Race Report: Tulsa Tough
First, super shoutout to the George Kaiser Family Foundation for both supporting the Tulsa Tough race series, and for bringing me to Tulsa to see the city, and giving me the opportunity to race my bike. I definitely wouldn’t have made it to Tulsa this year otherwise. The invitation was pretty vague, but there weren’t any red flags so I decided, “Why not?!” I'll share my non bike race experience in Tulsa a little later on this week!
Blue Dome Criterium
I LOVE this course, It’s short, technical, and super fast. All the things I love about Midwestern crit racing. If you do it right, you can use momentum to get through most of it without having to do too much work. It’s courses like this where confidence in cornering and pack skills really make a huge difference. I have definitely progressed in both since the last time I was in Tulsa. I just love the feeling of being carried through a turn by the bikes in front of me, I imagine it’s what it feels like when Black Jesus takes the wheel.
I appreciate that while I was behind every crash of the evening, I never got caught in them, and that’s a win in my book. My legs were still pretty heavy from Kanza, but all and all, it was a solid night of fun racing.
George Kaiser Family Foundation Arts District Criterium
I previewed the course early in the day and knew it was going to be far tougher than the night before. The course starts on a slight uphill, is far less swoopy, way more wide open, an obvious little kicker of a hill, a few false flats, and enough wind to mention it. I had a little trouble getting going at the start, but stayed calm, clipped in, and hopped in there as best as I could. It felt like I was hanging off the back for the first couple of laps, but with most of these crits, if you’re having a rough start, and you hang tough for a few minutes, the pace slows and you can sneak into the bunch to recover. About halfway through, I started to feel my lunch making a comeback. At this point, I don’t try to suppress it, I encourage it to do what it’s going to do because it feels way worse to be nauseous than it does to have already thrown up. I wasn’t happy about puking, but it was hot, and I guess I still need to figure out how to deal with tough races in extreme heat. I just don’t thrive in that environment. I stuck it out and held onto the group, I puked again. The race was almost over, and I knew if I dug a little deeper I could make it to the end. With 1.5 laps to go, there was a really nasty crash on the back end of the course. It’s never a good scene when you hear someone on the ground wailing. I was right behind it, but again, not in it. I went around and chased back onto the pack. I made it to the finish line in one piece. Halleloo.
River Parks Criterium (Crybaby Hill)
If this isn’t the most live bike race in America, I dare you to find me a bigger spectacle. All these musty folks (not their fault it was over 100 degrees out) crowded on this tiny little crit course, spraying water and beer, holding weird baby dolls on sticks, dressed up in costumes that may or may not fit the theme of the year. There are boobs, butt cheeks, and dollar bills if you want em. Yesterday if you were paying attention, you can grab the dollar bill from a baby on a stick hanging above your head while racing. Such a strange strange setup, and quite frankly one of the whitest situations I’ve ever seen in my life. It’s pretty phenomenal, and I love it more every time I do it. It’s not just white folks either, just MOSTLY white folks. I did see a black man dressed like a mermaid in full blue/ green body paint. And of course, White Jesus.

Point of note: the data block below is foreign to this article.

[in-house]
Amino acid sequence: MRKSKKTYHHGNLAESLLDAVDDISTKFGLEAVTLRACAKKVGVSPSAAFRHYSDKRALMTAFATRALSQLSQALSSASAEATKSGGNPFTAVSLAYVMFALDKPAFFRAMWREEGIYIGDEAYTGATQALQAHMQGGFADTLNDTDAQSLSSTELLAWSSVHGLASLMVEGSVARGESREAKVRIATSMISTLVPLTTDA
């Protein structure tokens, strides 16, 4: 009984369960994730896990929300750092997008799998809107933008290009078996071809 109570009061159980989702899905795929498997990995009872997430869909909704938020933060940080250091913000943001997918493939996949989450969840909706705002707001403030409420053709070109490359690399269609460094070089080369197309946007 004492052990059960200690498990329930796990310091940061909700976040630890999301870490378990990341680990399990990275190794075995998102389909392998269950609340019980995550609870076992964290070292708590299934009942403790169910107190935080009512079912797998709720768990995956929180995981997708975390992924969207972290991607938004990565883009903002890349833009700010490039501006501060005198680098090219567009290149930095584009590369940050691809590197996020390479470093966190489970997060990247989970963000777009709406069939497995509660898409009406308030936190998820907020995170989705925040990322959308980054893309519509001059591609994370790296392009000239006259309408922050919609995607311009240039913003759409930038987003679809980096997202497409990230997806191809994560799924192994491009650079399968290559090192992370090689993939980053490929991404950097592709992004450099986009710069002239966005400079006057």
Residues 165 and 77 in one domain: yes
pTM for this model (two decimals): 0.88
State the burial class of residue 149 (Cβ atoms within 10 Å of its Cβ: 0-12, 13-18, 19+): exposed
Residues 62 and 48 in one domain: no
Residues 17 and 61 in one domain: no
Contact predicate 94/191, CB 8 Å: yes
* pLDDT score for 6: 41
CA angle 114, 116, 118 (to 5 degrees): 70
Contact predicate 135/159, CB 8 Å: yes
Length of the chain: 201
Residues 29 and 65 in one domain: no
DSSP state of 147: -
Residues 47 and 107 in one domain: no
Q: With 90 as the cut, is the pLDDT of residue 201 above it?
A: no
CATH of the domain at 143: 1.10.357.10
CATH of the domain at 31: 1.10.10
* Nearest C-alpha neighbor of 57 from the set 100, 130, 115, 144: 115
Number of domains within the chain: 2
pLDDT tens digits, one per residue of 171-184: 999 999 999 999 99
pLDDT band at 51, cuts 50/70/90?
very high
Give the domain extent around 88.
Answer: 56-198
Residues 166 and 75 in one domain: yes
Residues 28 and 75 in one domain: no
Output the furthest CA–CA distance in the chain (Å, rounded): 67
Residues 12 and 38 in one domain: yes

This race is mostly a question of who can stand the heat and the hill the longest. I had an ok start, but it didn’t take long for the heat to get to me despite hydrating, and shoving 3 different ice socks in my kit. Every time I hit crybaby hill, it felt like I’d entered a sauna, all those warm bodies and the stench of beer didn't help. I’d make it up fine, and recover on the downhill, but once the up and down was done, I’d throw up on the home stretch. After a few times of that, my body just didn’t feel the same. I felt drained and started getting dizzy, so I backed off, went up one more time by my lonesome and was pulled and placed. I was so delirious that I wasn’t completely confident I’d been pulled (I had been). It was time to stop either way. A few staff from other teams (DNA & ISCORP Thank you!) at the pit at the pit made sure I had some water and found me a Gatorade. I sat down for a bit to cool off. When I was feeling human again, they looked absolutely relieved. Evidently, I looked about as wonderful as I felt after puking four times. It made me feel better about my decision to back off instead of pushing to an unsafe limit. So it goes. I outlasted a good chunk of the field and had my best result of the weekend. Not bad McGowan. Doing a PRT crit series one week after DK200 wasn't as horrible as it could have been. I don't regret it, but I also don't recommend it. Either way, I’m sure I’ll be back.
Until next time Tulsa.
What's Next: I'm currently in NYC to have fun, ride bikes, and race the Harlem Skyscraper Classic on Father’s Day. I’m really looking forward to it!